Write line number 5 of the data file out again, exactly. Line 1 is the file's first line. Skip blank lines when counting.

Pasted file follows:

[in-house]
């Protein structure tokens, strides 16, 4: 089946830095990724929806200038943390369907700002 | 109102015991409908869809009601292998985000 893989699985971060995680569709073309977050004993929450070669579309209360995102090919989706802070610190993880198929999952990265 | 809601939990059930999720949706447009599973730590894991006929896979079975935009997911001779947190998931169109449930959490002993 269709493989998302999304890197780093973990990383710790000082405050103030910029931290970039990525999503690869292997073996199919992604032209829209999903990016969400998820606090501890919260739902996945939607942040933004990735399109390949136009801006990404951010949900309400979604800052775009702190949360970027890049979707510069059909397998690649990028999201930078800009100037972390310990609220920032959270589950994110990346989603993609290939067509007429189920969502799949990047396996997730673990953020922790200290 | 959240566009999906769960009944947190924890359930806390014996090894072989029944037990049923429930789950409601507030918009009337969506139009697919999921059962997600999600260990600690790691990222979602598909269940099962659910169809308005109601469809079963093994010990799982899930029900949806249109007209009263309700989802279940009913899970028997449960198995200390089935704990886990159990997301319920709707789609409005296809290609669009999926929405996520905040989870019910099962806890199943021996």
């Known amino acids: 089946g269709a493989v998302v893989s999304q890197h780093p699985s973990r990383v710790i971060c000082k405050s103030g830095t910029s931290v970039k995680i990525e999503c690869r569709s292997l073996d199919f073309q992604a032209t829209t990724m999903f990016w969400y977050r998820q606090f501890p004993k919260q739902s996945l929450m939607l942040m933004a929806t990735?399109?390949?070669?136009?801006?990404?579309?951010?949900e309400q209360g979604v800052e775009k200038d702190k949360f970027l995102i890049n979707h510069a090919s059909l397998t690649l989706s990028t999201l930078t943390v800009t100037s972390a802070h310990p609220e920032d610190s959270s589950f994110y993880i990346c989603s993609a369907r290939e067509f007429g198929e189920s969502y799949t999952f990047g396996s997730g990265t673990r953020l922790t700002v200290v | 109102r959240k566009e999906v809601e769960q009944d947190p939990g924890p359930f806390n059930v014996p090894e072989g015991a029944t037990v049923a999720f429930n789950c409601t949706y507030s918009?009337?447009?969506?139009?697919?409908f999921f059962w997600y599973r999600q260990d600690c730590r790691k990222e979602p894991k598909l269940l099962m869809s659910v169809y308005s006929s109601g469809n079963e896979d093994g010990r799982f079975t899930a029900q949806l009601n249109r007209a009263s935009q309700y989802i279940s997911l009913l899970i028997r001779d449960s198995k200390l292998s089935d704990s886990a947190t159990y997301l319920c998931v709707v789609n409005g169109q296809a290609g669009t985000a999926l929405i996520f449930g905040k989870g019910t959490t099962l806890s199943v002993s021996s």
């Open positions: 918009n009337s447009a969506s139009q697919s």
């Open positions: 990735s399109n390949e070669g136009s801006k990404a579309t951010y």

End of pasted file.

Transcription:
């Open positions: 990735s399109n390949e070669g136009s801006k990404a579309t951010y």